Please remember that Paul and the gospels were written hundreds of years after these traditions were established and Isaiah was written. They fashioned their stories using words, and images that were familiar to them. Paul metaphorically used these images and non-Jews took them literally.
In the gospel of John, which we’ve been studying for the last 6 weeks, there is no doctrine of atonement. And John takes a decidedly different approach to Jesus crucifixion than the other three gospels.
John’s Jesus is completely in control at this point in the story: there is no sorrow, no fear, no anxiety that we sense from Jesus like there is in the other gospels. There is no Last Supper, per se, with the request to “remember me.” There is no going off alone to pray in the Garden of Gethsemane with a plea to take the cup away.
There was no fear in Jesus because, as John understood him, “the world” had no power over him, and could not kill the essence of who he was.
Perhaps for John it was a “good Friday” because John firmly believed that the death of Jesus on the cross was the ultimate revelation of the glory of God. Why? Because Jesus freely gave his life and his love away. Not because God required it, but because he was living in deep integrity to the God of love that he lived in oneness with.
Every year Christians around the world relive the story of Jesus’ trial and crucifixion. And there is power in it. But with it usually comes the self-flagellation of guilt and sinfulness. “Jesus died because of me” most traditional conservative theology wants us to believe.
My Good Friday services have told the story over and over again for 19 years. It was tradition. Last night we didn’t read the story. Instead we read reflections of his life and remembered the man, instead of the way he died.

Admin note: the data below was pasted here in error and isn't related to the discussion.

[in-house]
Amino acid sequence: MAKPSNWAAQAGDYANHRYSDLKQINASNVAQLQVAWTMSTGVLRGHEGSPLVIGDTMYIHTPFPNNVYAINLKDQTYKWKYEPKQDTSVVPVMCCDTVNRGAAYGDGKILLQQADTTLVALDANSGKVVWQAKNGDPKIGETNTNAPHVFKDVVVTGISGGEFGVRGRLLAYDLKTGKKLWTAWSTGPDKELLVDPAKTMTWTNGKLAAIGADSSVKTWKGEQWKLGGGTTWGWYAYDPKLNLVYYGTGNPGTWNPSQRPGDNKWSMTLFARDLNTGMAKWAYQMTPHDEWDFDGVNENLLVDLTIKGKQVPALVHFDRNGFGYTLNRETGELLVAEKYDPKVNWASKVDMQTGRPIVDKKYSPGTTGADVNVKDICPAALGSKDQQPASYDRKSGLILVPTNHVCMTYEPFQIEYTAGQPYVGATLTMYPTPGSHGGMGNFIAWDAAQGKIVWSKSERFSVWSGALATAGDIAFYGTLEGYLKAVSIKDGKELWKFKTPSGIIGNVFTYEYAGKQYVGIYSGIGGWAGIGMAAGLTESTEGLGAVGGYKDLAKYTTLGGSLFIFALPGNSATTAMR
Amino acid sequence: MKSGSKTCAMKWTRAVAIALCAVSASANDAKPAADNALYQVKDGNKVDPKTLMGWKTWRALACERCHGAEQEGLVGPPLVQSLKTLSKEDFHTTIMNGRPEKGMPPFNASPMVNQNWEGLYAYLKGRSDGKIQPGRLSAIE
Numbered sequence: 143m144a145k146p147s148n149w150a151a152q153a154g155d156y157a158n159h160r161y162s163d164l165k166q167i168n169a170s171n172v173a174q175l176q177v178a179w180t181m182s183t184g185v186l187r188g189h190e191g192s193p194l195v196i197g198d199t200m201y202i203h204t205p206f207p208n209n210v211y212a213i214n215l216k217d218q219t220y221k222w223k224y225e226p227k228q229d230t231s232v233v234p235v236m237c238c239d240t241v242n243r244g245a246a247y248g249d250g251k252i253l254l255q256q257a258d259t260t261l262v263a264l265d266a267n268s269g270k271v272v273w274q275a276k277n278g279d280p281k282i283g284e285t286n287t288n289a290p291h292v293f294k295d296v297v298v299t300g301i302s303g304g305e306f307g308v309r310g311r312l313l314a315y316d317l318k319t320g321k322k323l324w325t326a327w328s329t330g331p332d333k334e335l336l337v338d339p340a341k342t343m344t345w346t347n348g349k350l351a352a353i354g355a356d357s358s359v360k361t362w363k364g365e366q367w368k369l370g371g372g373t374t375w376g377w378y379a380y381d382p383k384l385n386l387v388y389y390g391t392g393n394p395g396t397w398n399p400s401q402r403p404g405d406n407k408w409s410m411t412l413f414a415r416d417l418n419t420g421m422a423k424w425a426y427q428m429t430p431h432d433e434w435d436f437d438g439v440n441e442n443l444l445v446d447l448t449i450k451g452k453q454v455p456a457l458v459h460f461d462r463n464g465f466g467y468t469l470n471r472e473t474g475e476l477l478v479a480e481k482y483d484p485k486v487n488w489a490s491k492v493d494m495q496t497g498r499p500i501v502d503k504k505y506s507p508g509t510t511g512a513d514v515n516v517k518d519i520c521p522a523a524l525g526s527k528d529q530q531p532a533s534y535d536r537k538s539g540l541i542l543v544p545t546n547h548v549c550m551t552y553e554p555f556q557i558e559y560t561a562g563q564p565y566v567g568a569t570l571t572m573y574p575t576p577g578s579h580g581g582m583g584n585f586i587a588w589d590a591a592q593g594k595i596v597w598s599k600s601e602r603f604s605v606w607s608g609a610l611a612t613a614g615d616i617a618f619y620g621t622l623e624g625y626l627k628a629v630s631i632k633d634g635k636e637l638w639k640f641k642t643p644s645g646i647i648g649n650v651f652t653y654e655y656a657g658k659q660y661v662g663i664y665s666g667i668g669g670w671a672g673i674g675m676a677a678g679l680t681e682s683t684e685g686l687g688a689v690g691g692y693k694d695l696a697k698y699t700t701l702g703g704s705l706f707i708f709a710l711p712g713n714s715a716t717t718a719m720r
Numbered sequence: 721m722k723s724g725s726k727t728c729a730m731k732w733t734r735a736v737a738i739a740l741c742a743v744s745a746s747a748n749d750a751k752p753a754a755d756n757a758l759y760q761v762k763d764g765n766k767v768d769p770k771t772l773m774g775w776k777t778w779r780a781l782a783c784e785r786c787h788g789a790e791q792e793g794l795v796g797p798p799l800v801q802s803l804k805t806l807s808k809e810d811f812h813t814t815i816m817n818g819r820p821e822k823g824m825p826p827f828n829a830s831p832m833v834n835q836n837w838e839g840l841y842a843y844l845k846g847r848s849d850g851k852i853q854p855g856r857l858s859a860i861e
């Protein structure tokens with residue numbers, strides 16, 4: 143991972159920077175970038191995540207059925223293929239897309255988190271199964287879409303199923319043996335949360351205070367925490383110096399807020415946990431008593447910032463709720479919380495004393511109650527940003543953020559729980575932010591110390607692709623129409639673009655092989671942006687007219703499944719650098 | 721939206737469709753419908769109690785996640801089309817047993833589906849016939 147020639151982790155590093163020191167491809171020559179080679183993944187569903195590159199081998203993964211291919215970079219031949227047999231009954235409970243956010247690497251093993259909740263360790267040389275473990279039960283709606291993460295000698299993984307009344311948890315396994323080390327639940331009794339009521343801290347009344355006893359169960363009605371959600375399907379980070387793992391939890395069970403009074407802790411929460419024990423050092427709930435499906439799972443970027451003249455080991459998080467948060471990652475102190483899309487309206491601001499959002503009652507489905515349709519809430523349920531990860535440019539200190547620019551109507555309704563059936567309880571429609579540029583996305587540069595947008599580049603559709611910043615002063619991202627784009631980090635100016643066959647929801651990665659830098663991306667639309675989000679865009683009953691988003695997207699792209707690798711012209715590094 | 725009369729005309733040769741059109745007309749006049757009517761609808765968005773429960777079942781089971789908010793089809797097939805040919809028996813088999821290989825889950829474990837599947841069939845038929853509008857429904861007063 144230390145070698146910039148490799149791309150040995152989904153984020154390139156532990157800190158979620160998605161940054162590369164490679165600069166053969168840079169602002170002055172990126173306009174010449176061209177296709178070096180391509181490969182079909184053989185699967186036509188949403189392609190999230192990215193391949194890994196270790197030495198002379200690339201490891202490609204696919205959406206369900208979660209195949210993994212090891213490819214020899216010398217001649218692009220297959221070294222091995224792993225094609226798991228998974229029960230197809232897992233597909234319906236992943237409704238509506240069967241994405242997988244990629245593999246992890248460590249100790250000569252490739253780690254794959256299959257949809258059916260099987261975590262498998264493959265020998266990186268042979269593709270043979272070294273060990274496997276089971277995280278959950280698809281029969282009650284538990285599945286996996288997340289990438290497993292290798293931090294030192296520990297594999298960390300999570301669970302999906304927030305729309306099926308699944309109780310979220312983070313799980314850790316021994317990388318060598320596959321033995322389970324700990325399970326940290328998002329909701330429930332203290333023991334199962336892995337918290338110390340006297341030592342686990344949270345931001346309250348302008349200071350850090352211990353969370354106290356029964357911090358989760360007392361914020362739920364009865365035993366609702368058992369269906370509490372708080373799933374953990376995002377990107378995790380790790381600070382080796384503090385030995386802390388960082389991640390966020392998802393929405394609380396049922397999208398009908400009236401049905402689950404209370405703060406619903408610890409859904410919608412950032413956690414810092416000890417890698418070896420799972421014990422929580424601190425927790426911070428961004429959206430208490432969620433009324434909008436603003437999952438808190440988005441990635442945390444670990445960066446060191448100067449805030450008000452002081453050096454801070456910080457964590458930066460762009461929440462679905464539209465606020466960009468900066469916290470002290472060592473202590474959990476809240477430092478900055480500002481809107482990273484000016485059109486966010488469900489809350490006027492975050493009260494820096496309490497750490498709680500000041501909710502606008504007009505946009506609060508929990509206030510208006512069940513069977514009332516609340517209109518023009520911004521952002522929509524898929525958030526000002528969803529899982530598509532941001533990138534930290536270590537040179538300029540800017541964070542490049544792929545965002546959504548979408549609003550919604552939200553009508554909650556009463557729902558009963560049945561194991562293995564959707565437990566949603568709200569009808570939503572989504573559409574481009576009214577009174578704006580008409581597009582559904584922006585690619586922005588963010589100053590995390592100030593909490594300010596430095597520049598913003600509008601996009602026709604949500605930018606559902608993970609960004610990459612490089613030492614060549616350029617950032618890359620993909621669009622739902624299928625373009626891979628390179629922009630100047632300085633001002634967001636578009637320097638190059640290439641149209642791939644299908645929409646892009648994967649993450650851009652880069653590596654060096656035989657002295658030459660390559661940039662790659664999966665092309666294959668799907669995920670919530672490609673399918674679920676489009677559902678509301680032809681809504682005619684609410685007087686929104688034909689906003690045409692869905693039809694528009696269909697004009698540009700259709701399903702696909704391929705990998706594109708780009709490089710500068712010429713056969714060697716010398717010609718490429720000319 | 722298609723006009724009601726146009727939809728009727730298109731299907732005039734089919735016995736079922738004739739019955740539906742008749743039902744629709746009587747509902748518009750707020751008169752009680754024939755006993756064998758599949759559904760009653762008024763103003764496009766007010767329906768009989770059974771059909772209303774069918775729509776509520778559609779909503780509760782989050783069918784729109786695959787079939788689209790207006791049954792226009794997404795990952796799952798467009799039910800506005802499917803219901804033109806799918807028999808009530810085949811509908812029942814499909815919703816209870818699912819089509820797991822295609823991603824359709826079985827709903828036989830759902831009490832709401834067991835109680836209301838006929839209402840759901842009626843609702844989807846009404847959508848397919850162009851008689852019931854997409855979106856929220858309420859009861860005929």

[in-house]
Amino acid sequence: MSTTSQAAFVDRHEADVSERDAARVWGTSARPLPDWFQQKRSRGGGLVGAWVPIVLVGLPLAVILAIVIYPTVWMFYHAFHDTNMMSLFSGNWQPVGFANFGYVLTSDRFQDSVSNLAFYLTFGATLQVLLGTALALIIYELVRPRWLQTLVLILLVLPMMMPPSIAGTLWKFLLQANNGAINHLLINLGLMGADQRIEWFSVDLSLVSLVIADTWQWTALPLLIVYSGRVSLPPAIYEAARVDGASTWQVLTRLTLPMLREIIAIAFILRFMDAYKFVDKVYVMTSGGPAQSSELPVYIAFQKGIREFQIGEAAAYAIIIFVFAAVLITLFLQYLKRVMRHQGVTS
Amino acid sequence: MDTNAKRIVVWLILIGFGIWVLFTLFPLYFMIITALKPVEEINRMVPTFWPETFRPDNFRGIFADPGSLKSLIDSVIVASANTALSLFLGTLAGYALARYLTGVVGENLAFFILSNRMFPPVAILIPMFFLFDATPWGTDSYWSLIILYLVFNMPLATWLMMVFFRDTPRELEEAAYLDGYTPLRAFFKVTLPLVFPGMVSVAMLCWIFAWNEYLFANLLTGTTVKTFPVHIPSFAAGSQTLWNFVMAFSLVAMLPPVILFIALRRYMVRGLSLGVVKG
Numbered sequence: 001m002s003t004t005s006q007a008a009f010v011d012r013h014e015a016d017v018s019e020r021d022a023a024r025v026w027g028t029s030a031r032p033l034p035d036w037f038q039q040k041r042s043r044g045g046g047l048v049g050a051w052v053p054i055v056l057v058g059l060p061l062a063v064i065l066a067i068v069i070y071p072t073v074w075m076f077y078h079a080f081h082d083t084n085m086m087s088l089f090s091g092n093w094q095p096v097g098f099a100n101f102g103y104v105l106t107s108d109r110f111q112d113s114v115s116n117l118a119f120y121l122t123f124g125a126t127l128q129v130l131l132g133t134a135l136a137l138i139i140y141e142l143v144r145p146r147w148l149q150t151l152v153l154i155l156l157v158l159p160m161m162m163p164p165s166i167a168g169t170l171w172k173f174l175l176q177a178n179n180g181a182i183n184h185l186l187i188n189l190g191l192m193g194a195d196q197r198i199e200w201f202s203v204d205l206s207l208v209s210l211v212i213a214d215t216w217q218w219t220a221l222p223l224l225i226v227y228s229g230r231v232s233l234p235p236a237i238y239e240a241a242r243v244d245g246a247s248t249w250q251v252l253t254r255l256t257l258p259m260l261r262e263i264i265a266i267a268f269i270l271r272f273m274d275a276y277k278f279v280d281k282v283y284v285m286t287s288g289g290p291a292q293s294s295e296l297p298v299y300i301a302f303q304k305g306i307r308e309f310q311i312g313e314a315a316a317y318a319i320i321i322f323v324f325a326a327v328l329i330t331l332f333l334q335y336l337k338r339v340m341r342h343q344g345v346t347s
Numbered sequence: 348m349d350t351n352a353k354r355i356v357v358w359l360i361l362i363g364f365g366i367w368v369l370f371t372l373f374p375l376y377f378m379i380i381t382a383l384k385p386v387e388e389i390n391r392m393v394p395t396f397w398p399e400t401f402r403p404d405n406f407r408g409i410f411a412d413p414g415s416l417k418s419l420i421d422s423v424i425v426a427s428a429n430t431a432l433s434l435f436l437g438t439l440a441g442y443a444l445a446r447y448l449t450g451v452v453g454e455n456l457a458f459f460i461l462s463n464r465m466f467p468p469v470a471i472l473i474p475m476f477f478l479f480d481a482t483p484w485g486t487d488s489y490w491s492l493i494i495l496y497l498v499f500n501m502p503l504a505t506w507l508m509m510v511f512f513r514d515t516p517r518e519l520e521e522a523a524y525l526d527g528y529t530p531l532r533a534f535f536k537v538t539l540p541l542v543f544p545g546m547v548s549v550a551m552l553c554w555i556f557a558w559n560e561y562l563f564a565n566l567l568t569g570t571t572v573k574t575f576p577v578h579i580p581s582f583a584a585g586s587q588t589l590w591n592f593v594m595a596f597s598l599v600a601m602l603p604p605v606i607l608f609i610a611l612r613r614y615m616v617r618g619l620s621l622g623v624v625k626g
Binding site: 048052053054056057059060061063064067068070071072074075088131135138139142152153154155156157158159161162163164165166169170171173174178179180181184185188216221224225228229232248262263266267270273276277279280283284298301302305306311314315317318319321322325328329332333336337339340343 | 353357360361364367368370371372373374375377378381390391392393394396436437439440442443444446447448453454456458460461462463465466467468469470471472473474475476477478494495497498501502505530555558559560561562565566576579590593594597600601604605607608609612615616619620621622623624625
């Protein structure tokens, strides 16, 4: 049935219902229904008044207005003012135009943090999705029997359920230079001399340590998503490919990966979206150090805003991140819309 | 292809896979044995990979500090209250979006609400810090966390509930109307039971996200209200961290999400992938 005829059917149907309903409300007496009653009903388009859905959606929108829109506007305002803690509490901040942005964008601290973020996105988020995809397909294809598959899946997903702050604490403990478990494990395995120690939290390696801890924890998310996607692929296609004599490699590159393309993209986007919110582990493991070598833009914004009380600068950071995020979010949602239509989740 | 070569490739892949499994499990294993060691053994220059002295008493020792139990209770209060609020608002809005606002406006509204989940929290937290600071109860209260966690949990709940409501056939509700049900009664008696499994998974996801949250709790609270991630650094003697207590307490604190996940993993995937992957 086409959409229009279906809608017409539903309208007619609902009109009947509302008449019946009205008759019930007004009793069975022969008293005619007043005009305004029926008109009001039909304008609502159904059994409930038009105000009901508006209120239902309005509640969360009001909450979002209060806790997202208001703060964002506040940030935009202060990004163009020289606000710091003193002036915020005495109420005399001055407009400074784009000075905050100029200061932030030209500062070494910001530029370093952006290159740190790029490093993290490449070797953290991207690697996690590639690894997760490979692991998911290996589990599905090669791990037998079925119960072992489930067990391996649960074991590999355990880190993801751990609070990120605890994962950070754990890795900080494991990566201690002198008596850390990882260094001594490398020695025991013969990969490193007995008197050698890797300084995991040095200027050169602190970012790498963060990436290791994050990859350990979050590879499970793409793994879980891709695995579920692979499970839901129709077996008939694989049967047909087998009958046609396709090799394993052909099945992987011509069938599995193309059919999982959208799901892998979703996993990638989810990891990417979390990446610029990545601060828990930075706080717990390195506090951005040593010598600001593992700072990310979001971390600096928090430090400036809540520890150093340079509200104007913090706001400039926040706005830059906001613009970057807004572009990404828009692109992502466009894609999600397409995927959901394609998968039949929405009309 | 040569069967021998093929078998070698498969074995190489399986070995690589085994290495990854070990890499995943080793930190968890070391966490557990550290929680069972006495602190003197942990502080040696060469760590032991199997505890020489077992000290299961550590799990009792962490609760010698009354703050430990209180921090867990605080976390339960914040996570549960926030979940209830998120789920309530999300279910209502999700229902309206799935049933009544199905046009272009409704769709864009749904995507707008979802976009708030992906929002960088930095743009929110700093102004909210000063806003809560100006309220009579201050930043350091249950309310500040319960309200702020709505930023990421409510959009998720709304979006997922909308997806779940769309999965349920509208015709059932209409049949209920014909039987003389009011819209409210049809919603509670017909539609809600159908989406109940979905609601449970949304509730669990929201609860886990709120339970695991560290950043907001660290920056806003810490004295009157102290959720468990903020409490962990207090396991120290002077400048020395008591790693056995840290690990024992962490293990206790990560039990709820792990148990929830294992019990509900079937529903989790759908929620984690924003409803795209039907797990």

For John, instead of dying for our sins, Jesus died so that we might achieve an expanded humanity.
Jesus’ life and death were not about salvation from sin and death, but salvation to life… bringing us back to ourselves. Helping us to know that we are much more than we think we are. At our core there is divinity which is brings us into Oneness with our Source, our God, with Love, and with the rest of creation. Our true humanity is life, light, and love… and an abundance of it.
Jesus calls us beyond this world, beyond our egos, beyond the negativity, beyond the fear, beyond the guilt and grief. He calls us to a place of love that ever ends and love that has no limits. Love that accepts each and every one of us because it sees the beautiful soul deep within.
We forget so easily.
Yes, it is a Day of Tears. We’re sad that this world couldn’t see Jesus for the master and teacher that he was. We’re sad that the Jewish and Roman authorities thought it would be better to eliminate the threat of difference and change, instead of embracing the wisdom he had to share. And, perhaps we’re even sadder that the world doesn’t seem to have changed much, and that we let ourselves get too caught up in the world sometimes.
That’s why we have today. That’s why we gather on Sundays. To remind ourselves that there is more, that we are more. To let the eternal Christ presence continue to guide, teach and lead us.